The discussion then moved on to other examples of ‘freedom technologists’ moving towards conventional politics, like the citizen movements in Spain, now governing in big cities like Madrid and Barcelona or the Bernie Sanders campaign in the US. A representative of ‘nerd-friendly’ politics in Australia would be Scott Ludlam, Federal Senator for the Greens. John Postill 3MP theory the forging and spread of post-Global Financial Crisis (GFC) social uprisings is a useful framework to explain the transition from freedom technologist activism to social movements and conventional politics. The theory exposes the instrumental role of ‘nerds’ and specialized journalists and lawyers in this transition. Interestingly, the presence of anthropologists has not been that strong in these environments.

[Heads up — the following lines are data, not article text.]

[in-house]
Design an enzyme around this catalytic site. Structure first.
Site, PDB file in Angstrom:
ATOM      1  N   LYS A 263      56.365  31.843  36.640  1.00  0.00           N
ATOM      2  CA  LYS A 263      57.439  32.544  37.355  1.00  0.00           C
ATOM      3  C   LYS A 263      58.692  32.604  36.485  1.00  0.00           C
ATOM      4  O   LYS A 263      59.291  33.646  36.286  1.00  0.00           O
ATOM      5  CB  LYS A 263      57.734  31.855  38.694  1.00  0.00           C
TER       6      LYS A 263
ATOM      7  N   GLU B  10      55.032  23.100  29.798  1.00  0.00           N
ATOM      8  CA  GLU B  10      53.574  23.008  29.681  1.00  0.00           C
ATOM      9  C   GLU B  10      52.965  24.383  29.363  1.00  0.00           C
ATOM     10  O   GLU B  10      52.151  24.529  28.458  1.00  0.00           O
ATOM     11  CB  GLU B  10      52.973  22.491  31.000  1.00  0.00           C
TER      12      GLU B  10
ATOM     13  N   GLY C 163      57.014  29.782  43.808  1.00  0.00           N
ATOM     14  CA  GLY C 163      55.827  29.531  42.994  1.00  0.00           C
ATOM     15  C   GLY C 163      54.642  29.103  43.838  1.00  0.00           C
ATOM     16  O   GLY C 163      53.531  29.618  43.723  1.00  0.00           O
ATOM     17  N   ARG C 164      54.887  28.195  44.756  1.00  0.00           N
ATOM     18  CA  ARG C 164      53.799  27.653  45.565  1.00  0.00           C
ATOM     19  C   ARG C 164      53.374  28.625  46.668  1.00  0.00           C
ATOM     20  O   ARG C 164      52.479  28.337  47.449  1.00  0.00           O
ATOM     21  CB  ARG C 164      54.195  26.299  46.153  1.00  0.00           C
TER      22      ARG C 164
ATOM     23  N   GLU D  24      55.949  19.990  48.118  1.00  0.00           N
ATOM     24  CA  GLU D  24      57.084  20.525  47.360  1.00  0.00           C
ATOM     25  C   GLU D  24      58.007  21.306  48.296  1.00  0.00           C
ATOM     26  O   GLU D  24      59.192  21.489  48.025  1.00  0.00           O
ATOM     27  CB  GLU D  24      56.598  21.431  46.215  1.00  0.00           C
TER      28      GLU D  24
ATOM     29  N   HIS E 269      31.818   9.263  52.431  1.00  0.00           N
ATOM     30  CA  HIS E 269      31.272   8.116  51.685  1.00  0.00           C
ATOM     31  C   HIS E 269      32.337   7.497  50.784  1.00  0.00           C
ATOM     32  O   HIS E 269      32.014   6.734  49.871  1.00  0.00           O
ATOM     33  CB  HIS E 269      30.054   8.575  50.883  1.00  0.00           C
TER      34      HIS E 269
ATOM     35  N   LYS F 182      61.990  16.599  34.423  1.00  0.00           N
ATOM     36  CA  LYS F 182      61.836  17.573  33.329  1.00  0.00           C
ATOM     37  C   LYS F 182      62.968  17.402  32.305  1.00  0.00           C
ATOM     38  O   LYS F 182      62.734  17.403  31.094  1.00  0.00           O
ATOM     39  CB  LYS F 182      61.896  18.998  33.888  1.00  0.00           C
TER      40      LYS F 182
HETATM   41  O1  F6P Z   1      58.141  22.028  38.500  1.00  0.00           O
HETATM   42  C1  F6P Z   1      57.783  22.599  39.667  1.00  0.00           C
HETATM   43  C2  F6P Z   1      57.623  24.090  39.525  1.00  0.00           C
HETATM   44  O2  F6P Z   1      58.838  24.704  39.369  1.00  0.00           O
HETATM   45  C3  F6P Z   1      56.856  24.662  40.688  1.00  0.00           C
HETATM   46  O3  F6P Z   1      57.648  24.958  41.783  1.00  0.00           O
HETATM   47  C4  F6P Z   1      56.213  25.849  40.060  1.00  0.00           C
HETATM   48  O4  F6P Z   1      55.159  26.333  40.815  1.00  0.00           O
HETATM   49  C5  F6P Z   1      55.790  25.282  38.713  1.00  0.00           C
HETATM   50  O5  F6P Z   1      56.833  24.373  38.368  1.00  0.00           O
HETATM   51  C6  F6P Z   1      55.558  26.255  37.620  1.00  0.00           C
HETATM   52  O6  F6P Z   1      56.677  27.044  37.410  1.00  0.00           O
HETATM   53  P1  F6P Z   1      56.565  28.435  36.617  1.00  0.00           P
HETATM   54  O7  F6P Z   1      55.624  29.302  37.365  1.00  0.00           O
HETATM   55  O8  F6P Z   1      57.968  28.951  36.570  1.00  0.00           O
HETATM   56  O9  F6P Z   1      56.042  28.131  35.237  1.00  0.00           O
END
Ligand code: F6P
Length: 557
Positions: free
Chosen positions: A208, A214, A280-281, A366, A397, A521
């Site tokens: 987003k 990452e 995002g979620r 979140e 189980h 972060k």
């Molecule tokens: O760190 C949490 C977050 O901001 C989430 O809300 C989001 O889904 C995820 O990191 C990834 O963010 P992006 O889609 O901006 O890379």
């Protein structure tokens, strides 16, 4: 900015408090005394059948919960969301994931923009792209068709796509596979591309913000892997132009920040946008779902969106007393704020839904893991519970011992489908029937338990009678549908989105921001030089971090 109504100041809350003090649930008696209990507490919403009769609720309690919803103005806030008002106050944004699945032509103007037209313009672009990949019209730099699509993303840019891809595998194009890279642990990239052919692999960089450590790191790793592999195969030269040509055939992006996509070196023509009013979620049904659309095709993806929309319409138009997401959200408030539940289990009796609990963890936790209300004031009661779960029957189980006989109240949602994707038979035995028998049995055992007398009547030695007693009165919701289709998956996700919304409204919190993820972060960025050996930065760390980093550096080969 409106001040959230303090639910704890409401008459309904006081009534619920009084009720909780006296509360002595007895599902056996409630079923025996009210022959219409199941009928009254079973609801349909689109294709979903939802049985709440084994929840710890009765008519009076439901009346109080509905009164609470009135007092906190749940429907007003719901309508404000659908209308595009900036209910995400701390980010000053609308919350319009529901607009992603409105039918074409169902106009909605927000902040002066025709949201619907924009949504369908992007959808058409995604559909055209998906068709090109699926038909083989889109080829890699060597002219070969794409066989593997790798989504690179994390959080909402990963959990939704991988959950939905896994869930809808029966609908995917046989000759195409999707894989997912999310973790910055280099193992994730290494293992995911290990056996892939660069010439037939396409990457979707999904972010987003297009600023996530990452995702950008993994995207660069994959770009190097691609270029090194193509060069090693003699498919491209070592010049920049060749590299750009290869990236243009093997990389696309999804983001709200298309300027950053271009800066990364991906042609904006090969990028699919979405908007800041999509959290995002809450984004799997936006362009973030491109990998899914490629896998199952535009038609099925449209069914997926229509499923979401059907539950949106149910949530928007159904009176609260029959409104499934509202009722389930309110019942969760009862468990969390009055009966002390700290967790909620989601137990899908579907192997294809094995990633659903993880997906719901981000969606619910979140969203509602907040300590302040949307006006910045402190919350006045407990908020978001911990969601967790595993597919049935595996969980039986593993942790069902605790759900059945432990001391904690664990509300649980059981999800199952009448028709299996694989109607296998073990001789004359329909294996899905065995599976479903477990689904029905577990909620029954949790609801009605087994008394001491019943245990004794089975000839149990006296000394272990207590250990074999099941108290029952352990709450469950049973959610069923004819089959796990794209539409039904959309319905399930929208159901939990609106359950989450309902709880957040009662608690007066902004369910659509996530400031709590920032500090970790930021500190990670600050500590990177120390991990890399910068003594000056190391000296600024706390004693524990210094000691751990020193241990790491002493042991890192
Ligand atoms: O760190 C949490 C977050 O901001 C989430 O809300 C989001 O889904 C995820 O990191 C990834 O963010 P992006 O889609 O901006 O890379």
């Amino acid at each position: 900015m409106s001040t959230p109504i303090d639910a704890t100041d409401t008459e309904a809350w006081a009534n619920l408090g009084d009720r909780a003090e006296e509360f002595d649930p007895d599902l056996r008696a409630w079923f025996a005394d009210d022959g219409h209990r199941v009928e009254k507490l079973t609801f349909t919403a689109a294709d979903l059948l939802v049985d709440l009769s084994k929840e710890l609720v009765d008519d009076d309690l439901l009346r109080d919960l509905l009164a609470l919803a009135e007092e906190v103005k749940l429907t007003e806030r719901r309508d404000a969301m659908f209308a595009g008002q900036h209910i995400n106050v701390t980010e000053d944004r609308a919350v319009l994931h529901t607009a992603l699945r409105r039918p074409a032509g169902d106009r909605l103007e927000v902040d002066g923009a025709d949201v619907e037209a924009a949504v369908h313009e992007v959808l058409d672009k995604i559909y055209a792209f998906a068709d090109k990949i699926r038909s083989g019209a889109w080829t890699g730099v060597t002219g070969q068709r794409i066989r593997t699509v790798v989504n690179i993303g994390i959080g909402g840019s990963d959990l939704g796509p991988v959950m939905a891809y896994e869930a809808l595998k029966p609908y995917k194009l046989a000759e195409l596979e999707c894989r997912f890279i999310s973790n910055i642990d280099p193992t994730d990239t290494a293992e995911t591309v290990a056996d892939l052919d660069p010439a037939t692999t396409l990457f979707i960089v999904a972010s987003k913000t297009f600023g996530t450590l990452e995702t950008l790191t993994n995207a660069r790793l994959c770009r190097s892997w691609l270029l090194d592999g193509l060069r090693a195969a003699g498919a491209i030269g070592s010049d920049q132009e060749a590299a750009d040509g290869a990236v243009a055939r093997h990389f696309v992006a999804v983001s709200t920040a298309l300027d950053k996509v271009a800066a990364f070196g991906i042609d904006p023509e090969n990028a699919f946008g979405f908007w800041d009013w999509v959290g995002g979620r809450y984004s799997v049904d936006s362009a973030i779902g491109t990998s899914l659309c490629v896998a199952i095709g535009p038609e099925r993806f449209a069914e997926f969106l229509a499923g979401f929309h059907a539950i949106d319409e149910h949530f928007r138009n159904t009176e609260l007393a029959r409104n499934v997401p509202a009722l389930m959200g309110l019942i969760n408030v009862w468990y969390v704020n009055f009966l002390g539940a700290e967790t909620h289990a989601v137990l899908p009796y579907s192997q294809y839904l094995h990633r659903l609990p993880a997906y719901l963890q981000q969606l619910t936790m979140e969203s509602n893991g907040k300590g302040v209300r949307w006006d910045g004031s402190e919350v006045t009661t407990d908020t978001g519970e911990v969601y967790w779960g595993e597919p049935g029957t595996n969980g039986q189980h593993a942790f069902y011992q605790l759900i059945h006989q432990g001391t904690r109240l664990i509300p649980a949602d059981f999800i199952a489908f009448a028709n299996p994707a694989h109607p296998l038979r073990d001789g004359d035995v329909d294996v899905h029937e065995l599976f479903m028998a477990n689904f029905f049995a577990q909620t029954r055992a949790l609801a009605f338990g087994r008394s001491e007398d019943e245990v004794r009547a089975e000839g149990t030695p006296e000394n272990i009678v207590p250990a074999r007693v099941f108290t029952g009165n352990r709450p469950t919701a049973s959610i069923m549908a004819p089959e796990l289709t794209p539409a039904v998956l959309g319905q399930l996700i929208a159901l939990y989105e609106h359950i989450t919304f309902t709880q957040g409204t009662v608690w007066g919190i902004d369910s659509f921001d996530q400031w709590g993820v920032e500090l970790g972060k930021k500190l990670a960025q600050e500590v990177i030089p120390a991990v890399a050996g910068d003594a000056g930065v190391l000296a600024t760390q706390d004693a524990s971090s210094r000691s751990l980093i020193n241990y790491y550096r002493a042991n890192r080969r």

Back to Freedom technologists series…